In the end, it’s probably apt that CBGB, like so many vintage rockers, will have an afterlife in Las Vegas. (Seriously: after the New York punk-rock institution closed for good last night, owner Hilly Kristal told The New York Daily News he was moving the whole operation to Vegas — lock, stock, and appalling bathroom stalls.) Also apt, of course, was the fact that Patti Smith played the final show last night. I’m sure she helped tear the house down (metaphorically), three decades after having helped build its reputation, and she noted gracefully that, more than a doomed landmark, ”CBGB’s is a state of mind,” one that will find a new incarnation at some other venue where kids gather to hear the music that speaks to them.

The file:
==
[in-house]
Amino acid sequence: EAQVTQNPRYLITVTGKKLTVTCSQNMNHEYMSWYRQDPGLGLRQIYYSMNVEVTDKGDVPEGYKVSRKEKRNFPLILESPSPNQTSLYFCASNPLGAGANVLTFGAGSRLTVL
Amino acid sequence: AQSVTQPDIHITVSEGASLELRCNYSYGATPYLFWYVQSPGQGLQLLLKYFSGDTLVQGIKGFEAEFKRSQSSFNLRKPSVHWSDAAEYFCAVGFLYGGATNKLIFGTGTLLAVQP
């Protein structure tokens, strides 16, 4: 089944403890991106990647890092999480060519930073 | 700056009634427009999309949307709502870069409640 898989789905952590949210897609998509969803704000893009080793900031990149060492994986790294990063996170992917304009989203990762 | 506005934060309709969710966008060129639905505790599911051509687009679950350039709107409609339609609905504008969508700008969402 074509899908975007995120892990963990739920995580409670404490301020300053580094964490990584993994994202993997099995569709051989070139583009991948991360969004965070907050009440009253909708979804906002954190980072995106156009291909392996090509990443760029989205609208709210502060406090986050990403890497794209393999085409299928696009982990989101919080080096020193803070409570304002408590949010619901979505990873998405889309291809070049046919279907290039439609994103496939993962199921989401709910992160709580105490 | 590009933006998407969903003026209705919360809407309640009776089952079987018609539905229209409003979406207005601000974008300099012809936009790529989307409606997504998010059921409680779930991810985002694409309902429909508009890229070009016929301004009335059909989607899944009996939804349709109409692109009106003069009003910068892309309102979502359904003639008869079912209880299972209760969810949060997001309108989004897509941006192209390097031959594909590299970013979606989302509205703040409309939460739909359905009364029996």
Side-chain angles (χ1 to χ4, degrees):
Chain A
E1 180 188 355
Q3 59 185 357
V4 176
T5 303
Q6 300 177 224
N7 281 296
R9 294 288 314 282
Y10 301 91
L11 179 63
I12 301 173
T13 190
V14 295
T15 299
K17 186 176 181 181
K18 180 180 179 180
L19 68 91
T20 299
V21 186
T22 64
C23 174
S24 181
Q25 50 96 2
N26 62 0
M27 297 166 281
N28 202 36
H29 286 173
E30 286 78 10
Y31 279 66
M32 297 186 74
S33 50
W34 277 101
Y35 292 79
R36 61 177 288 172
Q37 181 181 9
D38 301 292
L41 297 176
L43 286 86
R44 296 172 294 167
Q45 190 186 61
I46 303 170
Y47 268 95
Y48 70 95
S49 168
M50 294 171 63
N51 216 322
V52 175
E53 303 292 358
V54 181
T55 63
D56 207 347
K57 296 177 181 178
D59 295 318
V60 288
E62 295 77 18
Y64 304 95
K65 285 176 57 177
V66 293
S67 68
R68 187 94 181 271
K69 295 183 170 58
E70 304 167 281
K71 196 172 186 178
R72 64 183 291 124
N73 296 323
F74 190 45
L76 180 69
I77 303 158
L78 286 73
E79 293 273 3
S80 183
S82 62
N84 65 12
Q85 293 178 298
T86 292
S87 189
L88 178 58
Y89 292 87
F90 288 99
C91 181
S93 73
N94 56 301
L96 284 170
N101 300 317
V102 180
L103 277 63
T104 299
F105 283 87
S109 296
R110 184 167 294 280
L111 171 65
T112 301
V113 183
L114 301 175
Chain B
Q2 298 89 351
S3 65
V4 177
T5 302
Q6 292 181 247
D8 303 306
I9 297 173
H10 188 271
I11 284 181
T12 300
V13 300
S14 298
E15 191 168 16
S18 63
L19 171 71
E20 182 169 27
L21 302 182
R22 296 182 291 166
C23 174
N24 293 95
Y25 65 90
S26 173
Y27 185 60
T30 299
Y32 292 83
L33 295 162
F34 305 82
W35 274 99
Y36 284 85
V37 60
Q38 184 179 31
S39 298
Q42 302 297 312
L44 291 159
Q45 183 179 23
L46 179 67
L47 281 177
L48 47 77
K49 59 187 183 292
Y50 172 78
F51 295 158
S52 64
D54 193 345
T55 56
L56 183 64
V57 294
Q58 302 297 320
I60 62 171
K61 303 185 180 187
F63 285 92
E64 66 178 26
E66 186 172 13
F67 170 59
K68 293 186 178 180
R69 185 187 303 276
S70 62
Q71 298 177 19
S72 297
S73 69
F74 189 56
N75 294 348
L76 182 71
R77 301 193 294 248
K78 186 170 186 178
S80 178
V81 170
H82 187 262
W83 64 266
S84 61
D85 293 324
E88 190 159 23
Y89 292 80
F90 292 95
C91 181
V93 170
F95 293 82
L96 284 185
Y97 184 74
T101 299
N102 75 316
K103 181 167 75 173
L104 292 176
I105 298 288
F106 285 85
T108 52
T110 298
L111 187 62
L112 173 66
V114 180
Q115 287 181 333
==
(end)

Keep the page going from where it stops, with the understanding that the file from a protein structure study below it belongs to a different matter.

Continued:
Much ink has been spilled in recent weeks and months about the 33-year-old club’s historical significance. I don’t have much to add to what I said last September when CBGB lost its lease, except to suggest that the club was always an exciting place to visit, even though it had long ceased to be what it once was, the incubator of musical revolutions. (EW’s Dalton Ross went to a show there last week and made a similar observation.) No doubt it meant a lot more to you if you were a fan back then; I enjoyed the Saturday Night Live skit last week that featured Smith and Lou Reed (played by Amy Poehler and Fred Armisen) standing across the street from CBGB and waxing nostalgic about the cheaper, grimier, more dangerous New York of the 1970s, in that annoying way that everyone who came to New York before you did moans about how much cooler the city used to be. Meanwhile, as The New York Times notes in its article about last night’s closing performance at CBGB, the rock-club scene it spawned in its neighborhood is all but dead now, with the action having trekked across the East River. Maybe some new musical movement is now slouching toward Brooklyn to be born, and maybe 30 years from now, we’ll be moaning the demise of that club scene after it’s become a 60-story parking garage for our flying cars.